MTSU

To Greek or Not To Greek

Some of the Greek Week committee members stand in front of the donations collected during MTSU Fraternity and Sorority Life’s Greek Week food drive to benefit the MTSU Student Food Pantry. Pictured, from left, outside FSL’s Student Union offices are MTSU sophomore Deshaun Covington, vice president of Phi Beta Sigma fraternity; senior Ramsey Ferguson, president of Alpha Tau Omega fraternity; junior Alex Revor of Chi Omega sorority; and senior Christian Nevils of Phi Kappa Tau fraternity. (Submitted photo)

Think about all of the decisions you’ve had to make since your college journey began. What should you wear to your first day of classes? Should you eat salad or pizza (obviously pizza) for lunch? Will you watch a movie, study, or helplessly attempt to do both simultaneously? You get the picture.

For some members of Fraternity & Sorority Life (FSL), however, the most important decision they made was to “Go Greek” and join some of the most storied organizations on campus. In fact, most will say that it’s been the best part of their college experience!

Joining a fraternity or sorority isn’t for everyone, though. There are some things that you should consider before “rushing” to “rush” Greek Life (see what I did there?). And as your friendly neighborhood Student Voice, I’m going to take you through everything you should know about Greek Life, with the help of some of our friends who made the decision themselves.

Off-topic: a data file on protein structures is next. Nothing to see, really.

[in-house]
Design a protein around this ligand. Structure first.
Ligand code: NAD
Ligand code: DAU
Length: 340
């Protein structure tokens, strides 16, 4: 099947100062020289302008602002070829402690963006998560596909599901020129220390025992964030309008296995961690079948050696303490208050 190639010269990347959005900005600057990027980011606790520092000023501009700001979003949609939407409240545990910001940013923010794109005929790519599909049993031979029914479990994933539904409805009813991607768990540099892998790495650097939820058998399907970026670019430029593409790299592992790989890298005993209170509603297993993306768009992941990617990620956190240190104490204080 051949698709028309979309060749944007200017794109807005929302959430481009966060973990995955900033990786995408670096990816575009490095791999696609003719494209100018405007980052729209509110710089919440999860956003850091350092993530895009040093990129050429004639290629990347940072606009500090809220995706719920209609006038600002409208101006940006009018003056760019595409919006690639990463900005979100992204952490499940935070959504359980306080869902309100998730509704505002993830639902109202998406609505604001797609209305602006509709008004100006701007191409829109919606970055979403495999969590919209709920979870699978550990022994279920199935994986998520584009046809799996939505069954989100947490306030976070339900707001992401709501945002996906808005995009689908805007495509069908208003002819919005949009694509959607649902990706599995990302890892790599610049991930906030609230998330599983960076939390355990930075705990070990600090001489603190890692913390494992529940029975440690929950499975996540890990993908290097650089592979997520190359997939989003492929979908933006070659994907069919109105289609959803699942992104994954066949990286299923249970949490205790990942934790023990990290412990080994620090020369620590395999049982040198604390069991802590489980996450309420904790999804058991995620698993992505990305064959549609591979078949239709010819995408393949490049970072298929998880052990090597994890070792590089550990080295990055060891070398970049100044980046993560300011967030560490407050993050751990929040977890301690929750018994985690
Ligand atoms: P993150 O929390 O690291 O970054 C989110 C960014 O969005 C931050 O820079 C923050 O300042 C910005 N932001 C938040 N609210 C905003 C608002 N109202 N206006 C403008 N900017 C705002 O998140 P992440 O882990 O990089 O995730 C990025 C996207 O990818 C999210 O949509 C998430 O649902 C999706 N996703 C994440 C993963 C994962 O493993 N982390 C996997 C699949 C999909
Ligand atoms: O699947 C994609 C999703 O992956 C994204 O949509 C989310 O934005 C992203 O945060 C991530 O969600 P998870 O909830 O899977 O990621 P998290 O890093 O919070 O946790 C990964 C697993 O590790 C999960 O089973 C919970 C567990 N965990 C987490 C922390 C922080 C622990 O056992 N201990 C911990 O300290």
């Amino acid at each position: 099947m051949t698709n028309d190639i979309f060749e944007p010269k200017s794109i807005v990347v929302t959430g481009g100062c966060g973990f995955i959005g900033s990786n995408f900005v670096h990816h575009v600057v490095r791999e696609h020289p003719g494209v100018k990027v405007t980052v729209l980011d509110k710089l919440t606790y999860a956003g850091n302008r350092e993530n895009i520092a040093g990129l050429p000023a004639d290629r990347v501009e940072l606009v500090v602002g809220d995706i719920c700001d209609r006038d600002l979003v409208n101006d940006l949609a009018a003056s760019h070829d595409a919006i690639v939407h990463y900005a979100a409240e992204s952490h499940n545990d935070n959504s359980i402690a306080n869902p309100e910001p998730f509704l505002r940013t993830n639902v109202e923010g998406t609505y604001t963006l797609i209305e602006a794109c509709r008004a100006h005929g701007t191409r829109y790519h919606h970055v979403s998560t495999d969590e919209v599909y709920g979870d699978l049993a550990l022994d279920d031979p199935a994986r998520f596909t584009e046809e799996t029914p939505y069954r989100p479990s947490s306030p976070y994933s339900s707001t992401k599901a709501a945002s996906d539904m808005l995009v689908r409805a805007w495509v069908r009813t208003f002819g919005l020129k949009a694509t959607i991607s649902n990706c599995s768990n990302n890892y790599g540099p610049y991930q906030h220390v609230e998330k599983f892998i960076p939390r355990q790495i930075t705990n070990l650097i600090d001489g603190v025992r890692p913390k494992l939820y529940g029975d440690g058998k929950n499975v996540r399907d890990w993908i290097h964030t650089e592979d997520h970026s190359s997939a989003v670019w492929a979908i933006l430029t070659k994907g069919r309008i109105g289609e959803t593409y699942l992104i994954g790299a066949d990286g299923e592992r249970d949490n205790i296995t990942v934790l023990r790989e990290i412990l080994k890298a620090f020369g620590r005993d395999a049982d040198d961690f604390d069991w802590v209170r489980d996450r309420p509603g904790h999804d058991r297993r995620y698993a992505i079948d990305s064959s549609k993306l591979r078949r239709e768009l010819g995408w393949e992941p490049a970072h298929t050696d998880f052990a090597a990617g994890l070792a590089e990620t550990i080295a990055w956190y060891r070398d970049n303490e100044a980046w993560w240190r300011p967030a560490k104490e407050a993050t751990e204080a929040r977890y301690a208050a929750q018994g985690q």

Grow your professional network

A large group of alumnae and current members of the Zeta Theta Chapter of Chi Omega National Sorority pose for a photo during their 50th anniversary celebration held April 6 at the Embassy Suites in Murfreesboro. (Submitted photo)

A large group of alumnae and current members of the Zeta Theta Chapter of Chi Omega National Sorority pose for a photo during their 50th anniversary celebration held April 6 at the Embassy Suites in Murfreesboro. (Submitted photo)

If you’re looking to get a job after you graduate, as I can safely assume you are, this is the time where you should be making connections and building your professional network. Every person you meet has the potential to help you land your first big job, so being well-connected can pay huge dividends later on.